These passages are talking about more than physical healing. The sick are being restored economically so they can work, reenter society as whole people, and worship again in the temple. Community is being built as well as individuals being healed. Even the prisoners are being set free. This is divine work of restoring all things in Christ. The apostles are not the source of this power but agents—ministers—of reconciliation, continuing Jesus’ work.

In Acts, healing is ordinary, not flashy or for profit: no public spectacles, no prior profession of faith, only a profession of need. There is no mandatory church attendance or a course before being healed. Healing comes first. It is grace. Some, like one of the ten healed lepers, follow the Way; some don’t, but all are changed by their encounter with the life-giving God through the apostles’ ministry. The apostles proclaim “the whole message of this life” (Acts 5:20). As Luke writes in chapter 4, “Today this scripture has been fulfilled in your hearing.”

 

Questions

Where in your own life do you need Christ to heal or liberate you?

As a disciple of Christ, how are you an agent of healing and reconciliation in your community?

 

Prayer

God of healing and liberty, free us from all that binds and constricts us from fullness of life. Open our hearts to the needs around us that we may be faithful ministers of your healing presence in our midst. We ask this in the name of Jesus Christ. Amen.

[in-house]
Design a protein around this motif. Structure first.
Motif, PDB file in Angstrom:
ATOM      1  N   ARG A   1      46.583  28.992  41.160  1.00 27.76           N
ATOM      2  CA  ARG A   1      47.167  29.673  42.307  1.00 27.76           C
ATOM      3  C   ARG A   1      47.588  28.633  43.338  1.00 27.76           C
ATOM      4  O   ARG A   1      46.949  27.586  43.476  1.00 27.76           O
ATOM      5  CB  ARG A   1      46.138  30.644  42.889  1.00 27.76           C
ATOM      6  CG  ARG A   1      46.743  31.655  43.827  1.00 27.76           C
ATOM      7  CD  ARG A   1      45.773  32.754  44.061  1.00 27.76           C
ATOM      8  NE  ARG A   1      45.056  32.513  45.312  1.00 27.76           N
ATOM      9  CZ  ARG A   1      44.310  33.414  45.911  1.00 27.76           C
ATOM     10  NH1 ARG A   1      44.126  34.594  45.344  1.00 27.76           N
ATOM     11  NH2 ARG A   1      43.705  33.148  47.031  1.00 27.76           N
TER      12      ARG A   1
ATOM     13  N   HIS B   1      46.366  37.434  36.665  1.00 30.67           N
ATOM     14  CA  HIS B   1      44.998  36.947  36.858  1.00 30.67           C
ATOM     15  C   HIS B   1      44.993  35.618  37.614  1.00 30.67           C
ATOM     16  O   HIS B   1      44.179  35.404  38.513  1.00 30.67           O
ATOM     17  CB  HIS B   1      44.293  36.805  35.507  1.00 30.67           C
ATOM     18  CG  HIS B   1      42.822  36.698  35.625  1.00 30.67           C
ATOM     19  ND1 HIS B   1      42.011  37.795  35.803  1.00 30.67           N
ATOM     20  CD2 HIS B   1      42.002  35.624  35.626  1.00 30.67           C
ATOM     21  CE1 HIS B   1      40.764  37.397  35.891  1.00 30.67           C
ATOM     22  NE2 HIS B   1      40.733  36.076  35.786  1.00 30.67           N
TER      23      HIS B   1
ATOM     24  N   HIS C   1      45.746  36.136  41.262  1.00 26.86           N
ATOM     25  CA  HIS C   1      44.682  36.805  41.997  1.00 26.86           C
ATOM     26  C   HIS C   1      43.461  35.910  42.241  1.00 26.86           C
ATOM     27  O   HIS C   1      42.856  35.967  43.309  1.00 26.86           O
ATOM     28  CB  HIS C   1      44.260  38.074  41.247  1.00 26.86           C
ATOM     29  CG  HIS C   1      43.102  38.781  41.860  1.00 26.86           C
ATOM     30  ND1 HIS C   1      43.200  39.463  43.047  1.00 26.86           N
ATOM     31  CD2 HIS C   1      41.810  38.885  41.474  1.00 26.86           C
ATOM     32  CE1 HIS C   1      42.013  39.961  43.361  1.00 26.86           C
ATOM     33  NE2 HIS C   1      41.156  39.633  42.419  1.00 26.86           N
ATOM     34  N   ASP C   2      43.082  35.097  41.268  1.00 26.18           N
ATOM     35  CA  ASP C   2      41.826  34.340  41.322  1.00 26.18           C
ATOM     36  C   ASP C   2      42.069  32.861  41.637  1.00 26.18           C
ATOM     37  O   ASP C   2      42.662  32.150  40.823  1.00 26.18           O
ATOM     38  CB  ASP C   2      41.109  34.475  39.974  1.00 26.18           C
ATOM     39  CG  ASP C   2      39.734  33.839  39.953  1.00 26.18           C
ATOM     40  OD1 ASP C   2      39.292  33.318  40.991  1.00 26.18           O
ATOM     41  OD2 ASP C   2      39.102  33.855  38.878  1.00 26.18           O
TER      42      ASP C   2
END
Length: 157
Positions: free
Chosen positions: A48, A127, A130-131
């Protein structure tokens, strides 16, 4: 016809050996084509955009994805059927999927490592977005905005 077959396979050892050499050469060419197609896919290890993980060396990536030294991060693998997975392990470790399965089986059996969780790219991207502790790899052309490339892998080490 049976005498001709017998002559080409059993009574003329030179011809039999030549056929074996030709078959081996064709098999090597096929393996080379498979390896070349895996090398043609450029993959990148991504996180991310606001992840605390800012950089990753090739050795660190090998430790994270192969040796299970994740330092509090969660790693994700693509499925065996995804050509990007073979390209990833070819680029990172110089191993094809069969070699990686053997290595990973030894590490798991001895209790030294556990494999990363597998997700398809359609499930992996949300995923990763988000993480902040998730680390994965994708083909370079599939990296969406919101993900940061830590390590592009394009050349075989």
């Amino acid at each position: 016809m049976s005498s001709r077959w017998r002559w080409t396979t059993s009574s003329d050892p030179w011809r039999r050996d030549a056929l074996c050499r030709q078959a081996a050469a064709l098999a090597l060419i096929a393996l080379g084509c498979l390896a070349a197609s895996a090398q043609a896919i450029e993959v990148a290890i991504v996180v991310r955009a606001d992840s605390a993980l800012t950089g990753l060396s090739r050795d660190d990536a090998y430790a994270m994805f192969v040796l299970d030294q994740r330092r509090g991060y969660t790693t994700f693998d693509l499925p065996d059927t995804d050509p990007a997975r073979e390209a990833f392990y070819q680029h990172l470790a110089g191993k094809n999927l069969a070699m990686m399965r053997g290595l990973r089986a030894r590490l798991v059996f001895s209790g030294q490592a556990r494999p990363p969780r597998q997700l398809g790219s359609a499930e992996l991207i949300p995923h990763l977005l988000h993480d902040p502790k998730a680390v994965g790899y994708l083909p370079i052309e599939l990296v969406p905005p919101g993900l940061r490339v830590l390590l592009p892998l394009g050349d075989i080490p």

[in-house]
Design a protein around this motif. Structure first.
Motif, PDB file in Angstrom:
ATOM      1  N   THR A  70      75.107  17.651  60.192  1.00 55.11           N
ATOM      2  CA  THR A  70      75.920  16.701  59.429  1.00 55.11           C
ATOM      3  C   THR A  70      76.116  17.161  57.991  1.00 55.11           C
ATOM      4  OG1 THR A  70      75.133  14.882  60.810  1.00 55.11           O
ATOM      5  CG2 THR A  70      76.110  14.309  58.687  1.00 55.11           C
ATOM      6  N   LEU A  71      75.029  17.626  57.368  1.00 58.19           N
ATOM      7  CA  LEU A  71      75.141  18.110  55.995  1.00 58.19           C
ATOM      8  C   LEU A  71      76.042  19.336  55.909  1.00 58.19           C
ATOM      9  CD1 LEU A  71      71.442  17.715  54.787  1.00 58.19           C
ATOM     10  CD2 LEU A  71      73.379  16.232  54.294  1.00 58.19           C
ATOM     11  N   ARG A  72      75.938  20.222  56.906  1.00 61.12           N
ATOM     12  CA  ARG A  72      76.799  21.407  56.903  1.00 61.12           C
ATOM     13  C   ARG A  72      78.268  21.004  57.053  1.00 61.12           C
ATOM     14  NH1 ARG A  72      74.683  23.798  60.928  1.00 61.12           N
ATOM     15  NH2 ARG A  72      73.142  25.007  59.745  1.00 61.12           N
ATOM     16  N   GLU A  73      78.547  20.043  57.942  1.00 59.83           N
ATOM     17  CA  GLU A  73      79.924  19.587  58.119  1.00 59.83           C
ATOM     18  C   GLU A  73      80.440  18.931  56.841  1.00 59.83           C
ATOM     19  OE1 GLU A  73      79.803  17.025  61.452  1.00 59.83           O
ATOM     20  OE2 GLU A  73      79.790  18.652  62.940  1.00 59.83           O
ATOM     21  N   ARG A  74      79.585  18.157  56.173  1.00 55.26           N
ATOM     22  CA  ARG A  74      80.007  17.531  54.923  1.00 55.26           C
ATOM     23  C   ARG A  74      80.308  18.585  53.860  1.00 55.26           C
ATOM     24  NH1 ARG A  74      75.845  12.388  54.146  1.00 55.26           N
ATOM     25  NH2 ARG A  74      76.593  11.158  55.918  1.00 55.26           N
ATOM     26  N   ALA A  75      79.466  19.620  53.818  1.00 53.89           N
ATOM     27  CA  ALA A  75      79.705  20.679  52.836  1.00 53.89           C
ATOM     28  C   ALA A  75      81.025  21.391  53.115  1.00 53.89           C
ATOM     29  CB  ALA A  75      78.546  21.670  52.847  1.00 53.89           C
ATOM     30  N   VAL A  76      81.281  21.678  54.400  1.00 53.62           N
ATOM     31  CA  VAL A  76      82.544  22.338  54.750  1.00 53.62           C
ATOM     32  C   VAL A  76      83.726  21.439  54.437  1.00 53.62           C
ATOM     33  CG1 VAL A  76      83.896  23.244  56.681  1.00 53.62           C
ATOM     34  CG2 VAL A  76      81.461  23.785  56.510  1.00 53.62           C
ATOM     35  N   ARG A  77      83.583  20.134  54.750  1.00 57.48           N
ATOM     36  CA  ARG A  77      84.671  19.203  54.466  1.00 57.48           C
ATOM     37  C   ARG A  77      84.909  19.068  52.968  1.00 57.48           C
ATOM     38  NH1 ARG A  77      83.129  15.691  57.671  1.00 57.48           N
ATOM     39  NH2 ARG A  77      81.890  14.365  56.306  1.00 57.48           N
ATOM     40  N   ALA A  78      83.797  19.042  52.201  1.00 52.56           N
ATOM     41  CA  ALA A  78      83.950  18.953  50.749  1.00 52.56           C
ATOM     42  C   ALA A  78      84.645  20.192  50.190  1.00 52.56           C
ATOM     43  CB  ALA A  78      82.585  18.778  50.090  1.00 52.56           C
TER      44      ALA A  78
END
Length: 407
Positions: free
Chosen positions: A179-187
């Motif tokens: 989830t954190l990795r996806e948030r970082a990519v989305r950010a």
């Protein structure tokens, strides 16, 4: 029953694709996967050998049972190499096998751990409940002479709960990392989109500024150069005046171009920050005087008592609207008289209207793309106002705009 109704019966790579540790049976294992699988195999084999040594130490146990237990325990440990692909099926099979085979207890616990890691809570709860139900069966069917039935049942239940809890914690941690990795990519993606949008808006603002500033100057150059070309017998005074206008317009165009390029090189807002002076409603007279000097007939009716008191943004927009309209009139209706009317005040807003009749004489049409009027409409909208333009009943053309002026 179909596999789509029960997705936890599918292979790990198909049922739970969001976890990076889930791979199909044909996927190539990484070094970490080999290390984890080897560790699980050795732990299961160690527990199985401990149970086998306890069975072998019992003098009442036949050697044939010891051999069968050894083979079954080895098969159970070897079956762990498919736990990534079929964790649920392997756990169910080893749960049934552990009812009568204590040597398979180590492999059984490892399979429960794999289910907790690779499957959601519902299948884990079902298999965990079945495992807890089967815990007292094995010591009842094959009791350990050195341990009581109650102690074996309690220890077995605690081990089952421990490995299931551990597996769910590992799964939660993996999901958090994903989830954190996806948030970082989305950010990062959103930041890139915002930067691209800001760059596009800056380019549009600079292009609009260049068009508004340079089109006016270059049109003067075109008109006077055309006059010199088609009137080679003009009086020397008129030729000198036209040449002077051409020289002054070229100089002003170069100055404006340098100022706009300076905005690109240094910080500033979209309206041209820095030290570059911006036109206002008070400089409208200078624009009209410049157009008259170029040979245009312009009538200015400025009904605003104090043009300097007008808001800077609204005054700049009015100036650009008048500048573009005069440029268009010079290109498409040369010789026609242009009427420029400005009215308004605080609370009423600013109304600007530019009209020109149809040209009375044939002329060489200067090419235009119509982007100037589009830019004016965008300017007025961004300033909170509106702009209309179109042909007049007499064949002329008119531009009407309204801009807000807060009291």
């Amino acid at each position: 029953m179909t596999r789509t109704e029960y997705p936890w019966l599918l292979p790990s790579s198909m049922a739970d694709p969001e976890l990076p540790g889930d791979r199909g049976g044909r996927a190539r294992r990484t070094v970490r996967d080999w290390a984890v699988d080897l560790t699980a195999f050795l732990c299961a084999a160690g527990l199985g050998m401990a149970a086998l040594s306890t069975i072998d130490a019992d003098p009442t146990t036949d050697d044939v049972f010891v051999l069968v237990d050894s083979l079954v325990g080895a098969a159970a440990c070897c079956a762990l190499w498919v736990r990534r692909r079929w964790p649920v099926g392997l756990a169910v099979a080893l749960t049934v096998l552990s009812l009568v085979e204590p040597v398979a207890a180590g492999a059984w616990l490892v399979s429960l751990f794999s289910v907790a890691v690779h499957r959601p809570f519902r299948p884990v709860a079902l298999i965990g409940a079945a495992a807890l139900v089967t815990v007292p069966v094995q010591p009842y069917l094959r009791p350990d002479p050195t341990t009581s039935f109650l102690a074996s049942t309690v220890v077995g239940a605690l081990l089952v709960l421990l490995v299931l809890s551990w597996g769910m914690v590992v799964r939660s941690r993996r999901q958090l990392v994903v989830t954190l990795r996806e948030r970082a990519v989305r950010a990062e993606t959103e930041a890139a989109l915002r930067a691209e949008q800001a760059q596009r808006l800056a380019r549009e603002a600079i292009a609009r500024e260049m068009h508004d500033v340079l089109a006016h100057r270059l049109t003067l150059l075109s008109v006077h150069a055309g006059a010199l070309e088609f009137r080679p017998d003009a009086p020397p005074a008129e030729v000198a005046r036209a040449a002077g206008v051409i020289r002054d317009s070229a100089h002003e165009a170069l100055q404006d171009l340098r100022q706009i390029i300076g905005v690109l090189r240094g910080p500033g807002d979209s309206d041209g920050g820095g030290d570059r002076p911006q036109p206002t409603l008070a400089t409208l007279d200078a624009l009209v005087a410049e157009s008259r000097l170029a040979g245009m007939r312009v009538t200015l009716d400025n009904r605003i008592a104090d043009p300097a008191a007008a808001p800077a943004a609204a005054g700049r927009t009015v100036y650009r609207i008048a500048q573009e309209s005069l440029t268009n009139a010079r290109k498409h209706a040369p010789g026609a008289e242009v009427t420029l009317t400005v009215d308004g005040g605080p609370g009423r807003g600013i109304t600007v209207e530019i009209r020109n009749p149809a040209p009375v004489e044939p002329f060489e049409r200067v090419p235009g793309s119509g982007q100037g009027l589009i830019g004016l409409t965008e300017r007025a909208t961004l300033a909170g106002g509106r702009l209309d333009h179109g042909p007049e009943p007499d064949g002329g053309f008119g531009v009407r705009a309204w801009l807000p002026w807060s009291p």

from Good Book Club. A Journey Through Acts

 

Dislike (0)
0 0 vote
Article Rating
Facebooktwitterpinterestlinkedinmail

Café Comments?

Our comment policy requires that you use your real first and last names and provide an email address (your email will not be published). Comments that use non-PG rated language, include personal attacks, that are not provable as fact or that we deem in any way to be counter to our mission of fostering respectful dialogue will not be posted.

1 Comment
Newest
Oldest
Inline Feedbacks
View all comments
Mary Barrett

What a beautiful reflection.

Like (1)
Dislike (0)
Facebooktwitterrss
Support the Café
Past Posts
2020_001

The Episcopal Café seeks to be an independent voice, reporting and reflecting on the Episcopal Church and the Anglican tradition.  The Café is not a platform of advocacy, but it does aim to tell the story of the church from the perspective of Progressive Christianity.  Our collective sympathy, as the Café, lies with the project of widening the circle of inclusion within the church and empowering all the baptized for the role to which they have been called as followers of Christ.

The opinions expressed at the Café are those of individual contributors, and, unless otherwise noted, should not be interpreted as official statements of a parish, diocese or other organization. The art and articles that appear here remain the property of their creators.

All Content  © 2017 Episcopal Café